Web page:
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New South Wales Government
Currents occur within the deep ocean, over the continental shelf and within the offshore and nearshore zones. They may be quasi-steady and persist for several hours to several weeks (ocean and shelf currents), or they may be oscillatory with periods of seconds (currents under waves). Currents may be limited to the surface or to the seabed, or they may extend over the full depth of water. Surface currents can have a different direction to those at the seabed.
The largest currents are those of the open ocean, which are driven by global scale interactions between the atmosphere and the sea.
Along the NSW coast, the most significant ocean current is the East Australia Current (EAC), which consists of a series of warm water eddies that originate in the Coral Sea and slowly move southward (see Figure B6.1).
Along the NSW coast, the continental shelf is some 20 to 30km wide. Continental shelf currents consist of the EAC, the counter currents associated with its eddies, internal waves, coastal trapped waves, tides and local wind induced currents. At any one time, the shelf current is a complex mix of these components.
Shelf and ocean currents are generally of little significance within the shallower waters of the nearshore zone. This area is the preserve of wave induced currents which include:
The passage of waves through shallow water causes a back and forth oscillation of water particles above the seabed (see Appendix B5). The motion of this oscillatory current can bring sediment into suspension to be transported elsewhere.
Shoreward Mass Transport
Wave action generates a quasi-steady shoreward current at the seabed. Outside the surf zone, this current is normally small and its effects are negligible. Within the nearshore zone, this onshore current can be of considerable importance. As long period ocean swell moves towards and through the surf zone, the onshore current transports sediment shorewards. This onshore movement is responsible for the rebuilding of beaches after storm erosion.
Rip cells are a mechanism whereby the water pushed shoreward by wave action and, to a lesser extent, by onshore winds can escape seawards. Rip cells can be identified by a strong longshore current in the nearshore gutter (feeder current) and a return jet of water seawards through the offshore bar (rip current). This is shown in Figure B6.2. Depending on wave conditions, nearshore bar bathymetry and state of the tide, rip cells may establish, dissipate and re-establish. Some rip cells have a more permanent nature, being associated with a controlling feature such as a headland, breakwater, offshore reef, creek, or stormwater outlet. Different rip types have been classified by Short (1985) and are typically associated with the various beach types as defined by Wright and Short (1983).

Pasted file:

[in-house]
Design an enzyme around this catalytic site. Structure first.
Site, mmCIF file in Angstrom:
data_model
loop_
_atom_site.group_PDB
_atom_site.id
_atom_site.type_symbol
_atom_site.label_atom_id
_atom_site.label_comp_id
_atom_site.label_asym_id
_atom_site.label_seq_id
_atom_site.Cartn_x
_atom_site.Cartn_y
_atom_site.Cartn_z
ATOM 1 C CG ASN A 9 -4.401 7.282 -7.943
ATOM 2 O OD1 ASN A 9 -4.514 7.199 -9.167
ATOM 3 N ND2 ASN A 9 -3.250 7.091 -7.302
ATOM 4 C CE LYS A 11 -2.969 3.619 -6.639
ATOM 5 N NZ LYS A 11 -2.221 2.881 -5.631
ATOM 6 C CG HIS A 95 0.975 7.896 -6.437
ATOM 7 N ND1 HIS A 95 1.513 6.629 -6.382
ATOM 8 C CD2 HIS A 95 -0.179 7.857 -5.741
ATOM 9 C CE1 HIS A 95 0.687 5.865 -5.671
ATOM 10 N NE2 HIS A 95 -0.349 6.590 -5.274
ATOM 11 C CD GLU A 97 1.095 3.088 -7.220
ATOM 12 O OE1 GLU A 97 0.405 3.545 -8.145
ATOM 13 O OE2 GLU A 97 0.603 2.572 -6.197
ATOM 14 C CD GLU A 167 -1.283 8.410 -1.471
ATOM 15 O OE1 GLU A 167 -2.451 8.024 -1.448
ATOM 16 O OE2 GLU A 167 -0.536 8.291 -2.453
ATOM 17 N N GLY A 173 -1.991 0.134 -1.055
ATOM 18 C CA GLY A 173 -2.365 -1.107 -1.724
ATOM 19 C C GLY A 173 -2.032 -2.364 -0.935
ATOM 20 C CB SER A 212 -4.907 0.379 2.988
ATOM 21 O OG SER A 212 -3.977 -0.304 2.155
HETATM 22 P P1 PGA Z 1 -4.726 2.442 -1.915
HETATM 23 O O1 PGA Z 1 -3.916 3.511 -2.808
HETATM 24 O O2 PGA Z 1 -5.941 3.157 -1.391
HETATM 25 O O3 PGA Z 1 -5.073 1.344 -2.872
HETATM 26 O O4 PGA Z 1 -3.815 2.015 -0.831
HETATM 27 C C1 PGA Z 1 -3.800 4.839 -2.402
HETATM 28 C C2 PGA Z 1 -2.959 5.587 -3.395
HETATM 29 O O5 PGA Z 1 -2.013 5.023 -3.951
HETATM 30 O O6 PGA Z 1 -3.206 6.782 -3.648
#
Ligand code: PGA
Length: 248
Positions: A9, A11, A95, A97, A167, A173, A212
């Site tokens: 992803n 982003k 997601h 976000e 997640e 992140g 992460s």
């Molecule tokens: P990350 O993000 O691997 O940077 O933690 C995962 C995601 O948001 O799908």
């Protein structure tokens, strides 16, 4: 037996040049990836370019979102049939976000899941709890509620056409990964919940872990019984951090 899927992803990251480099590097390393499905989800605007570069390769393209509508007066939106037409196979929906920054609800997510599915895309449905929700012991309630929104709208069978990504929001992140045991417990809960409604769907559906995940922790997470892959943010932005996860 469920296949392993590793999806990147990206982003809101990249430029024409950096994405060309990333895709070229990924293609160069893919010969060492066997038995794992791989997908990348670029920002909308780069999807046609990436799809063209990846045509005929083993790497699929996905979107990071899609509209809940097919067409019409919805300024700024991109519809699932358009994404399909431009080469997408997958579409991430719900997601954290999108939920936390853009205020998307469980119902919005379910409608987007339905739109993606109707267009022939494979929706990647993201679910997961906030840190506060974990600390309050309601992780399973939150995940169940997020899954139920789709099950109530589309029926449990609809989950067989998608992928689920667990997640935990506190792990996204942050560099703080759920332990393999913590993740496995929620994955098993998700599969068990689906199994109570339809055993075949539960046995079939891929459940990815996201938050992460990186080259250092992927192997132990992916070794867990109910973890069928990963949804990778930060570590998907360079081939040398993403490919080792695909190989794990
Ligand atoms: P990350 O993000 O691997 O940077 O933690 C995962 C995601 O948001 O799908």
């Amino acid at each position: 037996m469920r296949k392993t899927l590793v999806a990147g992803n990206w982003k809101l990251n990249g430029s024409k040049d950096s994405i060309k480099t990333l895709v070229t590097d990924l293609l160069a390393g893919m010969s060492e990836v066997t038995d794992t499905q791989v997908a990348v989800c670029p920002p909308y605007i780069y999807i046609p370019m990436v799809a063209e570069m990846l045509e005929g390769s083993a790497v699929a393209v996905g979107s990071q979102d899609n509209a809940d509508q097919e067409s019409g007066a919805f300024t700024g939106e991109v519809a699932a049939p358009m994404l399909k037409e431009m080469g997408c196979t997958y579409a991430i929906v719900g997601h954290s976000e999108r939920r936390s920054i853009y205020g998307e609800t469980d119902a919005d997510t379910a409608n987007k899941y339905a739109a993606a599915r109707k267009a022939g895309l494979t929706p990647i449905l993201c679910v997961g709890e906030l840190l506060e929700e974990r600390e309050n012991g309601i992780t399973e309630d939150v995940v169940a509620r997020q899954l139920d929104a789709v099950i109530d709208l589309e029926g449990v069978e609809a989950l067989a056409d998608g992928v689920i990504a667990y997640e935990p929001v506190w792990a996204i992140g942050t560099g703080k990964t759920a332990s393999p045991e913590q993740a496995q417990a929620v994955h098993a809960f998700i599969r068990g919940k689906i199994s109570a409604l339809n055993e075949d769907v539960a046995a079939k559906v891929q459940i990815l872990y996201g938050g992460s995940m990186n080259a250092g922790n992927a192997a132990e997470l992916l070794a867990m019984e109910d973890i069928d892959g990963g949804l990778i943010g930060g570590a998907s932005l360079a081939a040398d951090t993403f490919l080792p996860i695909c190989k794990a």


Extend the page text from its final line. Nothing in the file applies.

Rip cells can move significant volumes of sand offshore during storm events. Water is deeper in a rip channel, allowing larger waves to penetrate and attack the beach. Rip currents readily move offshore any sand eroded from the beach. At Wamberal Beach during storms in 1978, the maximum beach erosion occurred opposite a rip cell (PWD, 1985).
Rip cells are important to recreational amenity as they can present dangers to unsuspecting swimmers.
Longshore currents are generated by waves breaking at an angle to the beach, by feeder currents to rip cells, and from longshore variations in water level resulting from nearshore wave conditions and wind stress. Longshore currents are an important mechanism for transporting sand along a shoreline and into and out of the active beach zone (see Appendix B7).
Discharges from rivers, creeks, lagoons and stormwater outfalls can cause currents within and through the surf zone. These currents are usually controlled by the tide, with ebb tide effects being more noticeable. However, following heavy rain, freshwater outflows may become the dominant process.
Discharges from small lagoons and creeks often flow alongshore within a nearshore channel before crossing the offshore bar at a rip location. Larger rivers tend to penetrate the surf zone as a jet normal to the shore.
Gordon, A.D. and Hoffman, J.G., (1984). "Sediment Transport on the South East Australian Continental Shelf". Proc. 19th International Conference on Coastal Engineering. Houston, Texas, 1984.
Komar, P.D. (1976). "Beach Processes and Sedimentation". (Prentice-Hall, New York: 1976). ISBN 0-13-072595-1.
Nielsen, A.F., (1985). "Wamberal Beach and Avoca Beach Coastal Engineering Advice". Civil Engineering Division Report No. PWD 85040, Public Works Department of New South Wales, May, 1985.
Short, A.D. (1985) "Rip Current Type, Spacing and Persistence, Narrabeen Beach, Australia".Mar. Geol., V65, pp 47-71.
Wright, L.D. and Short A.D. (1983). "Morphodynamics of Beaches and Surf Zones in Australia".In P.D. Komar (Ed.), CRC Handbook of Coastal Processes and Erosion. CRC Press, London, pp 35-64.